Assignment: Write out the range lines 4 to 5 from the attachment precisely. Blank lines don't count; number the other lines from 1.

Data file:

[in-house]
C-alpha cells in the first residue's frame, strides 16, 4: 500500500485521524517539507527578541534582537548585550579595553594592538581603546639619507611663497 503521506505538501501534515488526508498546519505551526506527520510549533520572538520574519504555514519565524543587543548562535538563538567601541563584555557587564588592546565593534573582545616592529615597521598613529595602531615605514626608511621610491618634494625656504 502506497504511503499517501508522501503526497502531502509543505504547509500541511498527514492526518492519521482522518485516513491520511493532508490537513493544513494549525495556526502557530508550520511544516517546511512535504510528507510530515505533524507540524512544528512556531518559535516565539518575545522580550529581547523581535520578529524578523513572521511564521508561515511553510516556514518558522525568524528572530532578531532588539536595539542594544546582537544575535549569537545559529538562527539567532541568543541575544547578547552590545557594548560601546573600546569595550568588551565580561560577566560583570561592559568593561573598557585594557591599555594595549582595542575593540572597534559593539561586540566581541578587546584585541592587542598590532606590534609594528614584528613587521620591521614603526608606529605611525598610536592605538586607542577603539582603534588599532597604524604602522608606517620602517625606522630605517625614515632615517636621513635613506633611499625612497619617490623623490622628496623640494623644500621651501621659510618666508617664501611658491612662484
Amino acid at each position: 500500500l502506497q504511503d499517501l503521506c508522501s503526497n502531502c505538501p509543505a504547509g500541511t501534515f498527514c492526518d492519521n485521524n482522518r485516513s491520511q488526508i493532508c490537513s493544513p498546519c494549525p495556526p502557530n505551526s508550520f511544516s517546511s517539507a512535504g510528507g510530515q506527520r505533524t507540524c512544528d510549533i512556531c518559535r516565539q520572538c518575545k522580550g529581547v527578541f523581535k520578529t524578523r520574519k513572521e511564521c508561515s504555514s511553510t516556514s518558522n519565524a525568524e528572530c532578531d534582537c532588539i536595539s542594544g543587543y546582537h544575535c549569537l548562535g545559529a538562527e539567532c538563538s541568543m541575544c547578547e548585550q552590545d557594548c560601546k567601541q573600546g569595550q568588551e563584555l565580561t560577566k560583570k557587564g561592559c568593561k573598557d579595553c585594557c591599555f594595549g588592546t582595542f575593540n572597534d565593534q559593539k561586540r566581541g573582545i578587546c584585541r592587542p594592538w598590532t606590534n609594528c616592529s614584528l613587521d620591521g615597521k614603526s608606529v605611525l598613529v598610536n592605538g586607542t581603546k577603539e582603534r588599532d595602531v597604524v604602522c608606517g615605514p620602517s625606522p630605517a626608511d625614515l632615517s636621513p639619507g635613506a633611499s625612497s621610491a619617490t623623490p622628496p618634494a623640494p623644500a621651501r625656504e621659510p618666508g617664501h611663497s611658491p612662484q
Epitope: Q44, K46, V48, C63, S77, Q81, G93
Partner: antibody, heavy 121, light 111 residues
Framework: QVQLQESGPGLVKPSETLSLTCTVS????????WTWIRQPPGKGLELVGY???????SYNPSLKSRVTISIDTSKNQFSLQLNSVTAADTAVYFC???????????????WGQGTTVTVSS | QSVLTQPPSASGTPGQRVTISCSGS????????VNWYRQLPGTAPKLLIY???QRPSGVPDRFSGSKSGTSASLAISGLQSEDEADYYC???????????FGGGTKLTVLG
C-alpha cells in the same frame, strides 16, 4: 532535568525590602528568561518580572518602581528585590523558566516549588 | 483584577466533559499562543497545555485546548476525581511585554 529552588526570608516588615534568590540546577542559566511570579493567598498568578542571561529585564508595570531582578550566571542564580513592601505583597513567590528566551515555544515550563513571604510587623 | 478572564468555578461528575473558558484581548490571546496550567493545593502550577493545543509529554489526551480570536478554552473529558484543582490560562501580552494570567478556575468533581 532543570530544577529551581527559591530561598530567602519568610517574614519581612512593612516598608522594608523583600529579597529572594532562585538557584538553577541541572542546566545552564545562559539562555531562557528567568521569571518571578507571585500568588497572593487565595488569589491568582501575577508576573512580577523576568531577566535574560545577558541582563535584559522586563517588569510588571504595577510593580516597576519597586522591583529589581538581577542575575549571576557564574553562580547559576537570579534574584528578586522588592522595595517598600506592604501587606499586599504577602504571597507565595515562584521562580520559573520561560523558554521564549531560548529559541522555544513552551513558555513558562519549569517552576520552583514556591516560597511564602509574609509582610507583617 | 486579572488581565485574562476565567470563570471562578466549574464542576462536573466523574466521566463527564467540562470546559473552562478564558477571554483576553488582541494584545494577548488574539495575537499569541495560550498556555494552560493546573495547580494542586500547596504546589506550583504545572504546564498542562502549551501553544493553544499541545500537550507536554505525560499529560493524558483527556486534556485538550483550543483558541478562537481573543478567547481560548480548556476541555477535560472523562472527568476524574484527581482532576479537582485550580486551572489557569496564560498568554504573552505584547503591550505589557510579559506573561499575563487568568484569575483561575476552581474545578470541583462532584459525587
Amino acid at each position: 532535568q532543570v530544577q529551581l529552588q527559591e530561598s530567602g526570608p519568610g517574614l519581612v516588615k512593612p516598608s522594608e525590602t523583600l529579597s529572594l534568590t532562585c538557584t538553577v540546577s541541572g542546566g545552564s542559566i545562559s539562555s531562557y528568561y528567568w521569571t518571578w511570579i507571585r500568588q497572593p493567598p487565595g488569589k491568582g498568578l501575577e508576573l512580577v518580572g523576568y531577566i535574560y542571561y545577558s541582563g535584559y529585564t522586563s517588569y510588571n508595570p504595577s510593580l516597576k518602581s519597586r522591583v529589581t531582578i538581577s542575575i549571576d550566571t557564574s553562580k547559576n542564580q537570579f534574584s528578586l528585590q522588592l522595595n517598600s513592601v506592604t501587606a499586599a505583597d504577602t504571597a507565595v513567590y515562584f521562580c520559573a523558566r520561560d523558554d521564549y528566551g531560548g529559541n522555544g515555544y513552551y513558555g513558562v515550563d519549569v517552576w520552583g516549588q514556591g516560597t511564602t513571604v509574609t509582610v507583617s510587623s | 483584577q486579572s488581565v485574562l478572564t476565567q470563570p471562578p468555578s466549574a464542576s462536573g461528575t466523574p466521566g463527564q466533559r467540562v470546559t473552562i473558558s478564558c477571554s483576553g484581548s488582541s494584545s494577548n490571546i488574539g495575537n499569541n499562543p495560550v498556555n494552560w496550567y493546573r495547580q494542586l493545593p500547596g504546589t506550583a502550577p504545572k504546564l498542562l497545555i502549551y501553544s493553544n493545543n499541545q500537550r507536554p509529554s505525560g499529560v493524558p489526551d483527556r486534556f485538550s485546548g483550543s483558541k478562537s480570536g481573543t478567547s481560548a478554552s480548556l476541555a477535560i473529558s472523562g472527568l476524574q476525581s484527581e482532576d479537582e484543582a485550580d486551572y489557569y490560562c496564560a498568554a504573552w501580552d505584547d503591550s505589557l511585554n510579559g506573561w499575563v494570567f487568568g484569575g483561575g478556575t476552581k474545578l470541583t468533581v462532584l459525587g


Epitope: Q44, K46, V48, C63, S77, Q81, G93
Partner: antibody, heavy 121, light 111 residues